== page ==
European Parliament President Martin Schulz urged Britain to choose compromise over confrontation on Thursday 18 June, as Prime Minister David Cameron tries to renegotiate UK's ties with the EU before holding an in-out membership referendum by the end of 2017.

"We started the exchanges of views, and my feeling is there's the possibility to come to common conclusion, how we can make the European Union more transparent, more effective, how to deepen the single market. We discussed the digital single market as a common goal, necessary reform steps of the European Union, this is a common interest. And if it go in that direction we'll find a solution," said Schulz after holding talks with Cameron in London.

"If this is a confrontation to insist treaty change at whatever the cost to win the referendum, it must be you have to give us what we want and then we'll consider if we'll stay in, then we'll not fudge. Therefore it was an open-minded exchange of views. My feeling is that prime minister Cameron knows very well that in Europe, the solution comes from compromise."

Cameron has touted his ideas in meetings with more than 20 EU counterparts so far and is due to formally present his reform plans to EU leaders in Brussels later in June. The PM says he is confident of securing concessions and wants Britain to remain in a reformed EU. He has also made restricting EU migrants' access to British welfare payments a key part of that effort.

'Hateful lies and national resentment'

In a separate speech after meeting with Cameron, Schulz said UK's debate on Europe is driven by hateful lies, national resentment and the scapegoating of Romanian and Bulgarian immigrants.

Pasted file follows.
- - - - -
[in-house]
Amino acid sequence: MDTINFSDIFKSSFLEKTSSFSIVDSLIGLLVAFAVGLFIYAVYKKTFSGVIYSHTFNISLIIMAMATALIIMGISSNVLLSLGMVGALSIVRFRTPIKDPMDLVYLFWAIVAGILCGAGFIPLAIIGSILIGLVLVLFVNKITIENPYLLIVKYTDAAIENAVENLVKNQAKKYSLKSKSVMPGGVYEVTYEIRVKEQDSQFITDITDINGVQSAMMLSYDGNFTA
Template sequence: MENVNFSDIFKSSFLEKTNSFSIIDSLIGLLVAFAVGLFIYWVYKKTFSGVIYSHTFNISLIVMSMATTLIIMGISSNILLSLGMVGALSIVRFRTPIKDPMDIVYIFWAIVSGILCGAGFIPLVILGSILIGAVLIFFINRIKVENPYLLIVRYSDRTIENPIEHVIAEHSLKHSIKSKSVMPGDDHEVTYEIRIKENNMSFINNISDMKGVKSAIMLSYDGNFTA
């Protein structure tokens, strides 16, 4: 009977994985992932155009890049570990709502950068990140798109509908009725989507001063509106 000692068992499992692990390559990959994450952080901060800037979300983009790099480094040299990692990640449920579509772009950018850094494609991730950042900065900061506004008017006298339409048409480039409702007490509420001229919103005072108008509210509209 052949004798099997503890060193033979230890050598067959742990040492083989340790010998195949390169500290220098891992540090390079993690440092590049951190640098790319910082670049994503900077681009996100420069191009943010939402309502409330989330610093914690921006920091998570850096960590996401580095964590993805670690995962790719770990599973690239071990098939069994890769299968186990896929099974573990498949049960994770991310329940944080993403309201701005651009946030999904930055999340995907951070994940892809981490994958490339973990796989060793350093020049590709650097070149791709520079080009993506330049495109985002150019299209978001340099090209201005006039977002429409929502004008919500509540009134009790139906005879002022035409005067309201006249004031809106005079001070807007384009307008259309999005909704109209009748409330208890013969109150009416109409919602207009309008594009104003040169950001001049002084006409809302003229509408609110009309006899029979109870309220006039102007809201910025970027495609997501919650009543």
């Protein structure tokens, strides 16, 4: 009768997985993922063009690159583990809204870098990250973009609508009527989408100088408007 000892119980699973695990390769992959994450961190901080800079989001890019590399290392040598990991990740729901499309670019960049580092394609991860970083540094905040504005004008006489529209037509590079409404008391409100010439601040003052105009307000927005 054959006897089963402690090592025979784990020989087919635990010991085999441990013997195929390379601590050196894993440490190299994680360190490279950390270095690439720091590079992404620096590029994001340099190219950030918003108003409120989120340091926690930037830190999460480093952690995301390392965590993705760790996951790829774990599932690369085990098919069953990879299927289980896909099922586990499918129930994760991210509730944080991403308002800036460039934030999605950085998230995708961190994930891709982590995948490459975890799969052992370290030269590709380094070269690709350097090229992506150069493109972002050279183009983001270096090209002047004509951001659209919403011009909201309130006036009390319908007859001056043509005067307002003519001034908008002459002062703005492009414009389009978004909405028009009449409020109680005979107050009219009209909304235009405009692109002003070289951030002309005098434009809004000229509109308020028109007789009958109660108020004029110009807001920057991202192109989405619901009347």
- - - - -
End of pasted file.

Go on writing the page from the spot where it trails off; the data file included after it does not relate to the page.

Although Schulz did not criticise him by name, his comments are likely to be interpreted as a stinging rebuke to the British leader.

"The attempt of some people over confrontation – we against the Europeans, the Europeans against us – is wrong. We need the United Kingdom in the European Union, the single market of the European Union is the best way to generate growth and wealth in the United Kingdom," he said.

"We have a common interest, and we should try to cooperate. Some of the proposals of David Cameron I got today, I listened to, and he'll next week present – are very reasonable. We should not underestimate that.

"After the European elections, the commission already began to reduce the amount of initiatives for seeing foreign regulations, so also the principle of subsidiarity which is something we can discuss easily. If we go in that direction, I'm sure we'll find a good exit strategy, but not a Brexit strategy."

Schulz, a German social democrat, had earlier said he thought Cameron had "no chance" of getting the EU to reopen its founding treaties and had urged him to compromise over what he described as "controversial" proposals.

He also said he thought Cameron would fail in his aim to stop EU migrants accessing his country's welfare payments for four years after they arrive in Britain but might have some luck when it came to agreeing new EU-wide rules to fight abuse of member states' social security systems.

A spokeswoman for the prime minister had earlier described his meeting with Schulz as good, though she had said further discussions between the two men would be needed.